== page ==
Throw rugs can be the cause of a fall at home resulting in a hip fracture. More than 95 percent of hip fractures are due to falls in adults aged 65 and older (according to the Centers for Disease Control). However, an accident at home is not the only reason that you may need transportation somewhere by ambulance.
Whether you are enrolled (or considering enrollment) in Original Medicare or a Medicare Advantage plan, it is crucial to understand when Medicare will cover ambulance services. The following describes ways to ensure that you will not receive an unexpected (and expensive) bill for ambulance services due to Medicare’s denial of coverage following some type of health emergency.
Original Medicare beneficiaries normally need to be enrolled in Part B in order to be eligible for ambulance service coverage. Since Plan C (Medicare Advantage) enrollees are required to be enrolled in Part B, a certain level of ambulance coverage typically exists for them.
However, some Original Medicare beneficiaries only enroll in Part A upon initial Medicare enrollment, and decide to forego enrolling in Part B or Part D to avoid the expense. According to the Centers for Medicare Services (CMS), Medicare’s Part B covers 80 percent of the cost for “medically necessary” ambulance transportation to a hospital or skilled nursing facility (although the annual deductible still needs to be met before coverage begins). Anyone covered only by Medicare’s Part A can be denied coverage for ambulance services.
An injury sustained in a car accident or during your vacation can necessitate rapid delivery to a hospital for life-saving treatment. Air ambulance costs are higher than for ground ambulance services, and the average cost of a single air ambulance trip is between $12,000 – $25,000 (per the National Association of Insurance Commissioners [NAIC]).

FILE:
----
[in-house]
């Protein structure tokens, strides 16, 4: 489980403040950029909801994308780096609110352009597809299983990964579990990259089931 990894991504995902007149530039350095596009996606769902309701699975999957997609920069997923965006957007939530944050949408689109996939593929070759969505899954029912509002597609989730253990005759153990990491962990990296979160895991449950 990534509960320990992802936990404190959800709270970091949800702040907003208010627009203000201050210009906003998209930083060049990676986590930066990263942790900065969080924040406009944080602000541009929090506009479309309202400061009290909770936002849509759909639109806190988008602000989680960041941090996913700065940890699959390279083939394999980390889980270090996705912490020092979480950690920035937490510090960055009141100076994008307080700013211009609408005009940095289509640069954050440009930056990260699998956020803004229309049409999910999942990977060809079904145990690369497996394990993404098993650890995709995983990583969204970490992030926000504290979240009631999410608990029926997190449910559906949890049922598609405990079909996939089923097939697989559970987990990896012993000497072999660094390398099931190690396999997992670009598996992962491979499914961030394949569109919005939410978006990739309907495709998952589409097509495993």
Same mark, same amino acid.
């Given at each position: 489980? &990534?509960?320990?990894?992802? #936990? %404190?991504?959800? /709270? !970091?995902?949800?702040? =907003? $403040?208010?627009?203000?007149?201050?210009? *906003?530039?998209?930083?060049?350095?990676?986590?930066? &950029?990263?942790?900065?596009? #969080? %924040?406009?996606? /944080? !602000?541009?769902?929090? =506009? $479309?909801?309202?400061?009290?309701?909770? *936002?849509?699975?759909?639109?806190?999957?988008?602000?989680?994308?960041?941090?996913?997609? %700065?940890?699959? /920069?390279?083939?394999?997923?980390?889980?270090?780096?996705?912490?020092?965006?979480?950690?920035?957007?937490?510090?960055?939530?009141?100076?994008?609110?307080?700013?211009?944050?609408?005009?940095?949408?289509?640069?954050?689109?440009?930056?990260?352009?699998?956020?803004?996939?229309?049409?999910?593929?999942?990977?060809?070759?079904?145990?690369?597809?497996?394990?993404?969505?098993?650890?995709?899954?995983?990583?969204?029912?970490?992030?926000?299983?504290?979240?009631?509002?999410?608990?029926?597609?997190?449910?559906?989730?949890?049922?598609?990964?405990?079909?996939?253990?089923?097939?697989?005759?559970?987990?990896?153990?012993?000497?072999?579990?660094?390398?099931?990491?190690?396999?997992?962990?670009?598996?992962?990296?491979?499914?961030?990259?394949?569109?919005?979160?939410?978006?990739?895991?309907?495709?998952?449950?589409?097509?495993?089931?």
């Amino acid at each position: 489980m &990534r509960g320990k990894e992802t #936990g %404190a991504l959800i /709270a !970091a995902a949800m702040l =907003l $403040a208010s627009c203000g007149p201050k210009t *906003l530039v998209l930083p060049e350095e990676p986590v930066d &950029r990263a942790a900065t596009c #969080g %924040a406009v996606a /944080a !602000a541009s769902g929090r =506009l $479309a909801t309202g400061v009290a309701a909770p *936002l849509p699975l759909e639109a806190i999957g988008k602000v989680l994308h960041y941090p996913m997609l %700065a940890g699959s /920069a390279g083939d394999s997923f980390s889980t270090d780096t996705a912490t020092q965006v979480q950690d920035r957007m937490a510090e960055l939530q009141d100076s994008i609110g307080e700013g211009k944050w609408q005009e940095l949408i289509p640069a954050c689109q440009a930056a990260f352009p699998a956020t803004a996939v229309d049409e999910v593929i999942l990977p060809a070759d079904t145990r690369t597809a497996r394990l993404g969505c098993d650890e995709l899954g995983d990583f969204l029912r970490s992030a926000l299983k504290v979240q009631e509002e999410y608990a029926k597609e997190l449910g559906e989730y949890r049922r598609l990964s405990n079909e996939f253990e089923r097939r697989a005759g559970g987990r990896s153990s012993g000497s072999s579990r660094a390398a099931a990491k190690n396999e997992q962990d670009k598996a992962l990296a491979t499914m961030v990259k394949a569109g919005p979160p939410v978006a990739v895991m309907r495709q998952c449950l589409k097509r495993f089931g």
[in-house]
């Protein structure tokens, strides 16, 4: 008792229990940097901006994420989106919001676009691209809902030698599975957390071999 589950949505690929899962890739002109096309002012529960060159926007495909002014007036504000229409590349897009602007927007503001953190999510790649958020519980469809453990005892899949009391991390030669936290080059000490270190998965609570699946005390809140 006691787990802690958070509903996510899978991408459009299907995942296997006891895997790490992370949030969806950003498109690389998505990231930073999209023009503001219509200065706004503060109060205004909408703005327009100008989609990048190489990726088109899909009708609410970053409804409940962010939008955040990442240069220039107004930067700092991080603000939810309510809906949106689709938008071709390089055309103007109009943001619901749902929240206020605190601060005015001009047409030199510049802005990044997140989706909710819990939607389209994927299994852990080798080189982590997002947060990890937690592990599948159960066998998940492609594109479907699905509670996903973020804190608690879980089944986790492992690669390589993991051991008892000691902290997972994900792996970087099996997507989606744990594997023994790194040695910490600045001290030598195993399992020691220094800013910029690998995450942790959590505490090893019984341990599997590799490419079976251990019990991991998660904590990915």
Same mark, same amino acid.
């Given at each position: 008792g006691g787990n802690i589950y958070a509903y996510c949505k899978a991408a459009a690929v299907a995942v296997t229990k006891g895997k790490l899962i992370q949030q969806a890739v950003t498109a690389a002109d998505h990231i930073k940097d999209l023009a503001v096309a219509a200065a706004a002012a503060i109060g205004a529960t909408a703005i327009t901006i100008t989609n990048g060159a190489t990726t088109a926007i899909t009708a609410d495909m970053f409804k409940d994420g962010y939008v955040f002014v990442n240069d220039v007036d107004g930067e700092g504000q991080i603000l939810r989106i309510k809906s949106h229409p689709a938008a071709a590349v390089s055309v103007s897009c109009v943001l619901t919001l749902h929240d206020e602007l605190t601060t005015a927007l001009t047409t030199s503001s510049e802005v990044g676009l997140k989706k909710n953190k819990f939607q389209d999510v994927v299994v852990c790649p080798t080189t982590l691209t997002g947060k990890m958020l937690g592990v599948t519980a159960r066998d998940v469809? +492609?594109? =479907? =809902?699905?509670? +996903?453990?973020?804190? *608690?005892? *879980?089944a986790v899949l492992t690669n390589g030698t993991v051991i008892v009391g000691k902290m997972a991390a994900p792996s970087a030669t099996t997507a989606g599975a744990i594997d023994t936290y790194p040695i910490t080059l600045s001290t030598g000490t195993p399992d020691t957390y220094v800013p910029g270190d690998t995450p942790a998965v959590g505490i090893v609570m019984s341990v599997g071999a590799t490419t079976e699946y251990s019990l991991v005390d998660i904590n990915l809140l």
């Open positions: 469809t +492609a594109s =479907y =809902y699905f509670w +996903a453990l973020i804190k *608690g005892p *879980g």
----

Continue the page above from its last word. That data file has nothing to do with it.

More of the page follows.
The Association of Air Medical Services (AAMS) notes the following as some of the types of medical emergencies that can necessitate air transportation to a hospital:
Original Medicare will not cover the costs of either a ground ambulance or air ambulance when you are outside of the United States (but privately-purchased travel insurance may cover ambulance services during an overseas trip).
Medicare only pays for ambulance transportation to the nearest medical facility that can provide care for your emergency health issue (and Medicare Advantage enrollees are covered by Medicare’s Part B, so Original Medicare’s coverage terms are applicable).
However, your Medicare Advantage plan may limit your coverage to “in-network” hospitals, so the treatment received at the destination hospital of the emergency ambulance ride may not be covered. For this reason, it is imperative that you understand whether your specific Medicare Advantage plan will cover a hospital visit to one that is not included in their network.
If your Medicare Advantage plan excludes coverage at any hospital that is not “in-network”, your hospital visit may not be covered. Furthermore, Medicare Advantage plans differ in terms of the percentage of ambulance costs covered.
You cannot purchase a Medigap plan if you are enrolled in a Medicare Advantage plan. However, Original Medicare allows you to obtain this private Medicare supplemental insurance.
Purchasing a Medigap plan may enable your entire cost of a ground or air ambulance trip to be covered, but this depends upon the particular Medigap plan in which you are enrolled. At UrHealth Benefits, we want you to understand your coverage under your chosen insurance plan (or plans) before you need to use it.
As a Medicare beneficiary, knowing whether emergency ambulance transportation services are covered can lessen your anxiety about driving a long distance to visit your adult children or other relatives.
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